Anomaly Detection Tutorial

This guide will show how to use Tribuo’s anomaly detection models to find anomalous events in a toy dataset drawn from a mixture of Gaussians. We'll discuss the options in the LibSVM anomaly detection algorithm (using a one-class nu-SVM) and discuss evaluations for anomaly detection tasks.

Setup

We'll load in a jar and import a few packages.

In [1]:
%jars ./tribuo-anomaly-libsvm-4.2.0-jar-with-dependencies.jar
In [2]:
import org.tribuo.*;
import org.tribuo.util.Util;
import org.tribuo.anomaly.*;
import org.tribuo.anomaly.evaluation.*;
import org.tribuo.anomaly.example.GaussianAnomalyDataSource;
import org.tribuo.anomaly.libsvm.*;
import org.tribuo.common.libsvm.*;
In [3]:
var eval = new AnomalyEvaluator();

Dataset

Tribuo's anomaly detection package comes with a simple data source that samples data points from a mixture of two spherical gaussians. One gaussian is expected, and the other is anomalous. The fraction of each present in any given data source is controllable with the fractionAnomalous constructor argument. The means and variances of the expected and anomalous distributions are also controllable on construction or via configuration (see the Configuration tutorial for more details on Tribuo's configuration system). All the data points sampled from the second distribution are marked ANOMALOUS, and the other points are marked EXPECTED. These form the two classes for Tribuo's anomaly detection system. You can also use any of the standard data loaders to pull in anomaly detection data.

The LibSVM anomaly detection algorithm requires there are no anomalies in the training data, but this is not required in general for Tribuo's anomaly detection infrastructure.

We'll sample 2000 points for each dataset, the training data will be free of anomalies to make LibSVM happy and 20% of the test set will be anomalies.

In [4]:
var data = new MutableDataset<>(new GaussianAnomalyDataSource(2000,/* number of examples */
                                                              0.0f,/*fraction anomalous */
                                                              1L/* RNG seed */));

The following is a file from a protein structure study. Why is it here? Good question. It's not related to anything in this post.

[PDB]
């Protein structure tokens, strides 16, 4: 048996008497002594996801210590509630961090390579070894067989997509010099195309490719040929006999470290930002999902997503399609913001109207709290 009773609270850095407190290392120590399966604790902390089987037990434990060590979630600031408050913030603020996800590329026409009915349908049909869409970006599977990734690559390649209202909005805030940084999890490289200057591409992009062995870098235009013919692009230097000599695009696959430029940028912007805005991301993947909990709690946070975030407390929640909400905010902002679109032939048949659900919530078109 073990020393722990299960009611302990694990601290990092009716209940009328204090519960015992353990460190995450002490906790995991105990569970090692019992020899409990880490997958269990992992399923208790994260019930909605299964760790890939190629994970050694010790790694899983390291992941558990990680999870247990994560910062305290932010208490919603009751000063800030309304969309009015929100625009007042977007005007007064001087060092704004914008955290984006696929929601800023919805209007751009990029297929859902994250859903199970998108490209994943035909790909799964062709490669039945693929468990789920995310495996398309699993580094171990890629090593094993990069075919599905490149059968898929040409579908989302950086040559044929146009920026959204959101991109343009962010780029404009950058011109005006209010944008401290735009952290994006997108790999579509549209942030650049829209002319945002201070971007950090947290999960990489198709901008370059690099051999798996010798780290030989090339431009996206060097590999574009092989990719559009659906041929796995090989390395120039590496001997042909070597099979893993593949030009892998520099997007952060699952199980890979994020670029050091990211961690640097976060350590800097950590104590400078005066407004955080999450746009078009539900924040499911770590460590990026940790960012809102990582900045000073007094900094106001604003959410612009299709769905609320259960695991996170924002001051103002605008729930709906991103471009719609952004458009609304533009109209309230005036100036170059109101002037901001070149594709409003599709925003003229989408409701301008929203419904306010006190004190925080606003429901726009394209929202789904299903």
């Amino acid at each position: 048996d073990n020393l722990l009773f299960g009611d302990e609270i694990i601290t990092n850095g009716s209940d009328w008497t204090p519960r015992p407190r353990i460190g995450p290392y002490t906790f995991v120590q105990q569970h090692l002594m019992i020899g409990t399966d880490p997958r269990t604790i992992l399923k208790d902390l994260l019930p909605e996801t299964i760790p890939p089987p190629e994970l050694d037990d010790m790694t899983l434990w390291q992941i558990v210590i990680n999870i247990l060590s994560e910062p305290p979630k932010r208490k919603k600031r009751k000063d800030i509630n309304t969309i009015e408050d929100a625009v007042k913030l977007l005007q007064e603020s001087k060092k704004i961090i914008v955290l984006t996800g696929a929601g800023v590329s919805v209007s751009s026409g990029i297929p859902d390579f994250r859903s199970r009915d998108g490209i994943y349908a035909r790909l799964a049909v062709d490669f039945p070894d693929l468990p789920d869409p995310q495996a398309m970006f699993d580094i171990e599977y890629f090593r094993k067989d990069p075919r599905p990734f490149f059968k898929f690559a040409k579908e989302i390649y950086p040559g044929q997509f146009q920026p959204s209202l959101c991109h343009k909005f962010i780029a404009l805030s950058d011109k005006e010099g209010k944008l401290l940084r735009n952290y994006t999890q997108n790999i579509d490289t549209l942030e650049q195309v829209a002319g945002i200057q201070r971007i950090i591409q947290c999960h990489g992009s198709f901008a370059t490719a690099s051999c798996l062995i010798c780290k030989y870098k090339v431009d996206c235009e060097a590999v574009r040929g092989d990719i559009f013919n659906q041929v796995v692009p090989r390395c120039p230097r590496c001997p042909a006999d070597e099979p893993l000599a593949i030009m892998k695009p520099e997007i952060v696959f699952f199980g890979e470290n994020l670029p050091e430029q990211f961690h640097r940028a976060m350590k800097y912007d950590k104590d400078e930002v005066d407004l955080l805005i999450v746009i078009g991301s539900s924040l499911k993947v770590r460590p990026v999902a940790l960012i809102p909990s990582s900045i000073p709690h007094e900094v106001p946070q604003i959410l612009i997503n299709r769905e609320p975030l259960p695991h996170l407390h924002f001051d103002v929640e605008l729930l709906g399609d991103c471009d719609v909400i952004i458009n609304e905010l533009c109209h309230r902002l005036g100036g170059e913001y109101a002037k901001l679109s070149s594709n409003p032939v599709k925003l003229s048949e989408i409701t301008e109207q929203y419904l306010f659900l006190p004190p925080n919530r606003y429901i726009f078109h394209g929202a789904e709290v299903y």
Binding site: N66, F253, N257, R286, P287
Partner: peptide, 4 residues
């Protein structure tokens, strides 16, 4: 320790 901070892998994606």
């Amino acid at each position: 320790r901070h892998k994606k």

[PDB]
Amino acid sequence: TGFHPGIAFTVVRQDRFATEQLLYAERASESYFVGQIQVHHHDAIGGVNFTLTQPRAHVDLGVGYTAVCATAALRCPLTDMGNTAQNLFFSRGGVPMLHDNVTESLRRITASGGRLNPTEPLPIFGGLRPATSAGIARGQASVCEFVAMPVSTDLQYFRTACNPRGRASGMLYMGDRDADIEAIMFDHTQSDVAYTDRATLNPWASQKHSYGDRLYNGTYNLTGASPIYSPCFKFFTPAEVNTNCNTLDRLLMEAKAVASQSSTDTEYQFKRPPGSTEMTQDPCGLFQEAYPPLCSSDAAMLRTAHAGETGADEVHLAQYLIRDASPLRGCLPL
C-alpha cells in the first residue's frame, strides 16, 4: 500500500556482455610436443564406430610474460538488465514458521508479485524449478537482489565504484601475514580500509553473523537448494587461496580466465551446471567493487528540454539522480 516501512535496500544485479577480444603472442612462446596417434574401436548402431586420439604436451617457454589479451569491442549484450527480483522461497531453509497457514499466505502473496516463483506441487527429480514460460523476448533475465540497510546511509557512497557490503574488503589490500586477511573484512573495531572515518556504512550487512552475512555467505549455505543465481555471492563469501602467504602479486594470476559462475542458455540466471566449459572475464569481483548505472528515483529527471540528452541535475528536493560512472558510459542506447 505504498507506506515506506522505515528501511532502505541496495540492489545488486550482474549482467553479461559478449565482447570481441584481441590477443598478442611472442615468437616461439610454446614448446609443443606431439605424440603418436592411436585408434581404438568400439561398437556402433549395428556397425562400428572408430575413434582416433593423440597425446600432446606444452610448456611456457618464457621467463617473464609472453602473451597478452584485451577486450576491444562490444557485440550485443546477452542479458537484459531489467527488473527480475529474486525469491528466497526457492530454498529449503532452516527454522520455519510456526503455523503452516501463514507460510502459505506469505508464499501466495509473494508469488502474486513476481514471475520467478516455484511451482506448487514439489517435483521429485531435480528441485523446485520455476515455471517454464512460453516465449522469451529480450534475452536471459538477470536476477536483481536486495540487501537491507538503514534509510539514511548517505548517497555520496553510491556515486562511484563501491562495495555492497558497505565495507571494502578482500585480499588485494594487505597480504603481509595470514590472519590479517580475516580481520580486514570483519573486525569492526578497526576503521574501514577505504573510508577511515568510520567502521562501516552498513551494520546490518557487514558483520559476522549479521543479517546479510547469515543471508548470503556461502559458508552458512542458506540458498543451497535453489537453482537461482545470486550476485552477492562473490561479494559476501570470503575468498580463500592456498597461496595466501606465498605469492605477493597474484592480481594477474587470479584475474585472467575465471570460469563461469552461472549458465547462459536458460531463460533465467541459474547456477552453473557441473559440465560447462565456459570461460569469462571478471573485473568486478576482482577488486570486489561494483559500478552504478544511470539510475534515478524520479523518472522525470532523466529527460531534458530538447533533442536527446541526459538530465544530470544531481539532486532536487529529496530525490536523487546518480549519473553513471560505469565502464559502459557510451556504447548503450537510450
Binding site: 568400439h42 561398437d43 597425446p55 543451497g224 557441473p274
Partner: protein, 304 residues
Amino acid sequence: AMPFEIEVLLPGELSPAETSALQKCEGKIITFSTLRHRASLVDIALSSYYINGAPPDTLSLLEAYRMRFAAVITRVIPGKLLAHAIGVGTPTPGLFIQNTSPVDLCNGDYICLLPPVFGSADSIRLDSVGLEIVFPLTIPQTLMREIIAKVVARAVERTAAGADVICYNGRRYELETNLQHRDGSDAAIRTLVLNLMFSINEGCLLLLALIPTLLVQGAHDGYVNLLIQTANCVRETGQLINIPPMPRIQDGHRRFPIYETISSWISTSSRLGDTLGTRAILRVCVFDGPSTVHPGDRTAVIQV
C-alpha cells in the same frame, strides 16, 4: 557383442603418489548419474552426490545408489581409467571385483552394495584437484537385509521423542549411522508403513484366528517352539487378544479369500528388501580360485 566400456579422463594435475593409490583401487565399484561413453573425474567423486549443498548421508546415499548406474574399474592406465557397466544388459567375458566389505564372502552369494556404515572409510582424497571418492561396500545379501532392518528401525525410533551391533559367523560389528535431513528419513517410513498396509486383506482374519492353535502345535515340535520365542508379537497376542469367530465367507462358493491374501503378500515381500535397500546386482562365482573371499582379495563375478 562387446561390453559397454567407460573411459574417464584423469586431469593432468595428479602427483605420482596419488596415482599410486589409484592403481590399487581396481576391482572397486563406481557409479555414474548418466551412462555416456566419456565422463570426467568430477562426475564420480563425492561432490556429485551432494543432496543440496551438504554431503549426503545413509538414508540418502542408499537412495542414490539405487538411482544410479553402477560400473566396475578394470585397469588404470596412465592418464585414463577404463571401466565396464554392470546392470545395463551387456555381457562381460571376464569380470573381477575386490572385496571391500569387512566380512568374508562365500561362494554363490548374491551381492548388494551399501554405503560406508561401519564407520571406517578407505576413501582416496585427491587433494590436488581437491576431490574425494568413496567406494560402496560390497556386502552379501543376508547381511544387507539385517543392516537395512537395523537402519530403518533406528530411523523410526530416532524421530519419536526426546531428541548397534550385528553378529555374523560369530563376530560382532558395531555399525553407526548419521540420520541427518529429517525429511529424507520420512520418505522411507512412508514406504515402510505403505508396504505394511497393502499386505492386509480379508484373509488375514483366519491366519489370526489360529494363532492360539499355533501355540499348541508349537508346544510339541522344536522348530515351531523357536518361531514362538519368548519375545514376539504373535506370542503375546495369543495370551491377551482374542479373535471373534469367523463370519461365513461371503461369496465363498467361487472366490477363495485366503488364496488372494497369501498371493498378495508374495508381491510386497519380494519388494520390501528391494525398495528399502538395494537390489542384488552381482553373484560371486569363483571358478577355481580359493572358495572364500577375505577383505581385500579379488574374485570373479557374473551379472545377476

var test = new MutableDataset<>(new GaussianAnomalyDataSource(2000,0.2f,2L));

Model Training

We'll fit a one-class SVM to our training data, and then use that to determine what things in our test set are anomalous. We'll use an RBF Kernel, and set the kernel width to 1.0.

In [5]:
var params = new SVMParameters<>(new SVMAnomalyType(SVMAnomalyType.SVMMode.ONE_CLASS), KernelType.RBF);
params.setGamma(1.0);
params.setNu(0.1); 
var trainer = new LibSVMAnomalyTrainer(params);

Training is the same as other Tribuo prediction tasks, just call train and pass the training data.

In [6]:
var startTime = System.currentTimeMillis();
var model = trainer.train(data);
var endTime = System.currentTimeMillis();
System.out.println();
System.out.println("Training took " + Util.formatDuration(startTime,endTime));
*
optimization finished, #iter = 653
obj = 289.5926348816893, rho = 3.144570476807895
nSV = 296, nBSV = 114

Training took (00:00:00:147)

Unfortunately the upstream LibSVM implementation is a little chatty and insists on writing to standard out, but after that we can see it took about 150ms to run (on my 2020 16" Macbook Pro, you may get slightly different runtimes). We can check how many support vectors are used by the SVM, from the training set of 2000:

In [7]:
((LibSVMAnomalyModel)model).getNumberOfSupportVectors()
Out[7]:
296

So we used 296 datapoints to model the density of the expected data.

Model evaluation

Tribuo's infrastructure treats anomaly detection as a binary classification problem with the fixed label set {EXPECTED,ANOMALOUS}. When we have ground truth labels we can thus measure the true positives (anomalous things predicted as anomalous), false positives (expected things predicted as anomalous), false negatives (anomalous things predicted as expected) and true negatives (expected things predicted as expected), though the latter number is not usually that useful. We can also calculate the usual summary statistics: precision, recall and F1 of the anomalous class. We're going to compare against the ground truth labels from the data generator.

In [8]:
var testEvaluation = eval.evaluate(model,test);
System.out.println(testEvaluation.toString());
System.out.println(testEvaluation.confusionString());
AnomalyEvaluation(tp=405 fp=232 tn=1363 fn=0 precision=0.635793 recall=1.000000 f1=0.777351)
              EXPECTED  ANOMALOUS
EXPECTED         1,363        232
ANOMALOUS            0        405

We can see that the model has no false negatives, and so perfect recall, but has a precision of 0.63, so approximately 63% of the positive predictions are true anomalies. This can be tuned by changing the width of the gaussian kernel which changes the range of values which are considered to be expected. The confusion matrix presents the same results in a more common form for classification tasks.

The 4.1 release added support for liblinear's anomaly detection, which is similar to LibSVM's anomaly detector using a linear kernel. We expect to add to Tribuo's set of anomaly detection algorithms over time, and we welcome contributions to expand them on our Github page.